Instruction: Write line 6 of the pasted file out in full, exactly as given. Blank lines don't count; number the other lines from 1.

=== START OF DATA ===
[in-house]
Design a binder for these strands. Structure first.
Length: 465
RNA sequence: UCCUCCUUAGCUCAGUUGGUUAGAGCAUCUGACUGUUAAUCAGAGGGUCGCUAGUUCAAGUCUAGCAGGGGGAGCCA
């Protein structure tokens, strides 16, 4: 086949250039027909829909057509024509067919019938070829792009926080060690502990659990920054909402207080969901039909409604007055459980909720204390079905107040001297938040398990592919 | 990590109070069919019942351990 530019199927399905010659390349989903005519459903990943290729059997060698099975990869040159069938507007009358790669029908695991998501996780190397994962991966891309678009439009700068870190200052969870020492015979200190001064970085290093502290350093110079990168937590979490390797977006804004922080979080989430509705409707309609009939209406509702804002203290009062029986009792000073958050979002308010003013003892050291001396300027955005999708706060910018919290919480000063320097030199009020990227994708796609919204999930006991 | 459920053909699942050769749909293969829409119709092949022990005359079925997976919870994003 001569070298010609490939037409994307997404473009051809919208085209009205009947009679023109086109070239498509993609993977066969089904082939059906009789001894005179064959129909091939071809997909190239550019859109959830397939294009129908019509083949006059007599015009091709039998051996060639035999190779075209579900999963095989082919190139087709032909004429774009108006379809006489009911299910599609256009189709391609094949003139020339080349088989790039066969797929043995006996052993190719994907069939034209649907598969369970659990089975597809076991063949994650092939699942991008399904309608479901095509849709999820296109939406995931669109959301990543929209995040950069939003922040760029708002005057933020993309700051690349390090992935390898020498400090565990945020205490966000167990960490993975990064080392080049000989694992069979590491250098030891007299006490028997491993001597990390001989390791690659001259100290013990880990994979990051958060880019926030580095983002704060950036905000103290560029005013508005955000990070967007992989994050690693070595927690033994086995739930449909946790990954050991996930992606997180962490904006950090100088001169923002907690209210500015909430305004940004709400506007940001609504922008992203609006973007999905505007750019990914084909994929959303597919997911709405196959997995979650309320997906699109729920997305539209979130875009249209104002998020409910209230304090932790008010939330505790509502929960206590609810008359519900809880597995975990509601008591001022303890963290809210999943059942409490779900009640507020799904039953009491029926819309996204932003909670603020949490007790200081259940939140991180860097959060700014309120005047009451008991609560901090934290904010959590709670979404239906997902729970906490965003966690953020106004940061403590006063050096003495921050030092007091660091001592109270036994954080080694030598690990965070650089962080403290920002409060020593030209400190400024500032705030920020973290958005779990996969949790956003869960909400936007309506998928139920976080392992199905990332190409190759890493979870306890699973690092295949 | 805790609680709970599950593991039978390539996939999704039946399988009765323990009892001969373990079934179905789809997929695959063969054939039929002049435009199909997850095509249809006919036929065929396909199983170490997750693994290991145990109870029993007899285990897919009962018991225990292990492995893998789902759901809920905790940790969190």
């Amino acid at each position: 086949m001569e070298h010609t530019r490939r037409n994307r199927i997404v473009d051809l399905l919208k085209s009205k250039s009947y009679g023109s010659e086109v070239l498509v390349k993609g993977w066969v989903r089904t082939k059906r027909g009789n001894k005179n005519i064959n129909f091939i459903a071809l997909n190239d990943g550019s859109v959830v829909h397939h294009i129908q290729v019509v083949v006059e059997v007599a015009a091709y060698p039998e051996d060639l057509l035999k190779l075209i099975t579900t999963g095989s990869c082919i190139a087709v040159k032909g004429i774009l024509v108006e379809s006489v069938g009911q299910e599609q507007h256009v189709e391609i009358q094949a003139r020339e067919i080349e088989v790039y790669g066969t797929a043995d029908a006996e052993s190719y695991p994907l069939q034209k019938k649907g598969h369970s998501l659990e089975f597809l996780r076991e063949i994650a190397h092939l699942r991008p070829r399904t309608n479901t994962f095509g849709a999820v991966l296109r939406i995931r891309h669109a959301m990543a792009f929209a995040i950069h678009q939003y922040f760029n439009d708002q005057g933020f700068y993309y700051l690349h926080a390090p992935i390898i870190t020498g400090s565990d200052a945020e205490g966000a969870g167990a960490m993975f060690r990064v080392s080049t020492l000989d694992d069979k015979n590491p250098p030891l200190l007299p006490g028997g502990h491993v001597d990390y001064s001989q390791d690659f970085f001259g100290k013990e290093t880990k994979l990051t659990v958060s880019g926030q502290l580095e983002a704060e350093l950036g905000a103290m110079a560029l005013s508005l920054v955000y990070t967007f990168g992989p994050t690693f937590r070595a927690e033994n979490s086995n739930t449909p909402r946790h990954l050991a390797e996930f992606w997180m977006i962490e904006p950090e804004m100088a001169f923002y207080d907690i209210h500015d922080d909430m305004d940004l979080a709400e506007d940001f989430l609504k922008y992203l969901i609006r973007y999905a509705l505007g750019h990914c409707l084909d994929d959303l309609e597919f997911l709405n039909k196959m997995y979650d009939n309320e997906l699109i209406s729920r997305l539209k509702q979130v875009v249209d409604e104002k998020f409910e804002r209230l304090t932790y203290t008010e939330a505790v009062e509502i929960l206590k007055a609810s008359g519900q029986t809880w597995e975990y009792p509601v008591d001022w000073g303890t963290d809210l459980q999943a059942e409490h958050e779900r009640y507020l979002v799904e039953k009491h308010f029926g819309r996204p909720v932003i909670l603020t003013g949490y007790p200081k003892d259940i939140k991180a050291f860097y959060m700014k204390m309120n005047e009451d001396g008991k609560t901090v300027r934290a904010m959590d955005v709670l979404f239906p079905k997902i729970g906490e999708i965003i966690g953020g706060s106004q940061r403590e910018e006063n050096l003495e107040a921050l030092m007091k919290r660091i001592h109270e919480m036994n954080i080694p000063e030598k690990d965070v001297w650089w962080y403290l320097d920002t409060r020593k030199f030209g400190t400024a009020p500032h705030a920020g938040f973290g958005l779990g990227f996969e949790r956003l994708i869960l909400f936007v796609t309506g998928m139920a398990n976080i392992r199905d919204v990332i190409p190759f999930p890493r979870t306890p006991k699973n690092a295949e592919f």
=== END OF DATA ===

């Amino acid at each position: 086949m001569e070298h010609t530019r490939r037409n994307r199927i997404v473009d051809l399905l919208k085209s009205k250039s009947y009679g023109s010659e086109v070239l498509v390349k993609g993977w066969v989903r089904t082939k059906r027909g009789n001894k005179n005519i064959n129909f091939i459903a071809l997909n190239d990943g550019s859109v959830v829909h397939h294009i129908q290729v019509v083949v006059e059997v007599a015009a091709y060698p039998e051996d060639l057509l035999k190779l075209i099975t579900t999963g095989s990869c082919i190139a087709v040159k032909g004429i774009l024509v108006e379809s006489v069938g009911q299910e599609q507007h256009v189709e391609i009358q094949a003139r020339e067919i080349e088989v790039y790669g066969t797929a043995d029908a006996e052993s190719y695991p994907l069939q034209k019938k649907g598969h369970s998501l659990e089975f597809l996780r076991e063949i994650a190397h092939l699942r991008p070829r399904t309608n479901t994962f095509g849709a999820v991966l296109r939406i995931r891309h669109a959301m990543a792009f929209a995040i950069h678009q939003y922040f760029n439009d708002q005057g933020f700068y993309y700051l690349h926080a390090p992935i390898i870190t020498g400090s565990d200052a945020e205490g966000a969870g167990a960490m993975f060690r990064v080392s080049t020492l000989d694992d069979k015979n590491p250098p030891l200190l007299p006490g028997g502990h491993v001597d990390y001064s001989q390791d690659f970085f001259g100290k013990e290093t880990k994979l990051t659990v958060s880019g926030q502290l580095e983002a704060e350093l950036g905000a103290m110079a560029l005013s508005l920054v955000y990070t967007f990168g992989p994050t690693f937590r070595a927690e033994n979490s086995n739930t449909p909402r946790h990954l050991a390797e996930f992606w997180m977006i962490e904006p950090e804004m100088a001169f923002y207080d907690i209210h500015d922080d909430m305004d940004l979080a709400e506007d940001f989430l609504k922008y992203l969901i609006r973007y999905a509705l505007g750019h990914c409707l084909d994929d959303l309609e597919f997911l709405n039909k196959m997995y979650d009939n309320e997906l699109i209406s729920r997305l539209k509702q979130v875009v249209d409604e104002k998020f409910e804002r209230l304090t932790y203290t008010e939330a505790v009062e509502i929960l206590k007055a609810s008359g519900q029986t809880w597995e975990y009792p509601v008591d001022w000073g303890t963290d809210l459980q999943a059942e409490h958050e779900r009640y507020l979002v799904e039953k009491h308010f029926g819309r996204p909720v932003i909670l603020t003013g949490y007790p200081k003892d259940i939140k991180a050291f860097y959060m700014k204390m309120n005047e009451d001396g008991k609560t901090v300027r934290a904010m959590d955005v709670l979404f239906p079905k997902i729970g906490e999708i965003i966690g953020g706060s106004q940061r403590e910018e006063n050096l003495e107040a921050l030092m007091k919290r660091i001592h109270e919480m036994n954080i080694p000063e030598k690990d965070v001297w650089w962080y403290l320097d920002t409060r020593k030199f030209g400190t400024a009020p500032h705030a920020g938040f973290g958005l779990g990227f996969e949790r956003l994708i869960l909400f936007v796609t309506g998928m139920a398990n976080i392992r199905d919204v990332i190409p190759f999930p890493r979870t306890p006991k699973n690092a295949e592919f």